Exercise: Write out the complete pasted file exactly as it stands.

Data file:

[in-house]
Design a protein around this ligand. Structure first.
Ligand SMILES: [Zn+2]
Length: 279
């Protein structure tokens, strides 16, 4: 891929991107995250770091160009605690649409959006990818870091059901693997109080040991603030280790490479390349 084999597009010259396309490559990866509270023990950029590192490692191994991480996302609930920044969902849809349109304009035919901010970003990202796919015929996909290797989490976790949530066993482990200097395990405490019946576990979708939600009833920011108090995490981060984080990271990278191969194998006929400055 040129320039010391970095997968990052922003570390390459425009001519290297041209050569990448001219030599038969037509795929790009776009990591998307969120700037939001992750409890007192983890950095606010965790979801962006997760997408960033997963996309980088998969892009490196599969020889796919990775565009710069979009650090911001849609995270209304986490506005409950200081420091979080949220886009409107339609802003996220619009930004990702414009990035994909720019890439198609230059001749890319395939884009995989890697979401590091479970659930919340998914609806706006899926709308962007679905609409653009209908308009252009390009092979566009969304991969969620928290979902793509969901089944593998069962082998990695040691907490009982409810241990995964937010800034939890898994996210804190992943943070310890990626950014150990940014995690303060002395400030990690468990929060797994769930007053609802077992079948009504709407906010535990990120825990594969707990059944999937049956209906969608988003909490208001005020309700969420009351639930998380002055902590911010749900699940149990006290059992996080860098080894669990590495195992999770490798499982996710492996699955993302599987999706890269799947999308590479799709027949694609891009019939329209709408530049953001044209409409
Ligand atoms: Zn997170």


[in-house]
Design a protein around this ligand. Structure first.
Ligand SMILES: [Zn+2]
Length: 279
């Protein structure tokens, strides 16, 4: 891929991107995250770091160009605690649409959006990818870091059901693997109080040991603030280790490479390349 084999597009010259396309490559990866509270023990950029590192490692191994991480996302609930920044969902849809349109304009035919901010970003990202796919015929996909290797989490976790949530066993482990200097395990405490019946576990979708939600009833920011108090995490981060984080990271990278191969194998006929400055 040129320039010391970095997968990052922003570390390459425009001519290297041209050569990448001219030599038969037509795929790009776009990591998307969120700037939001992750409890007192983890950095606010965790979801962006997760997408960033997963996309980088998969892009490196599969020889796919990775565009710069979009650090911001849609995270209304986490506005409950200081420091979080949220886009409107339609802003996220619009930004990702414009990035994909720019890439198609230059001749890319395939884009995989890697979401590091479970659930919340998914609806706006899926709308962007679905609409653009209908308009252009390009092979566009969304991969969620928290979902793509969901089944593998069962082998990695040691907490009982409810241990995964937010800034939890898994996210804190992943943070310890990626950014150990940014995690303060002395400030990690468990929060797994769930007053609802077992079948009504709407906010535990990120825990594969707990059944999937049956209906969608988003909490208001005020309700969420009351639930998380002055902590911010749900699940149990006290059992996080860098080894669990590495195992999770490798499982996710492996699955993302599987999706890269799947999308590479799709027949694609891009019939329209709408530049953001044209409409
Ligand atoms: Zn997170």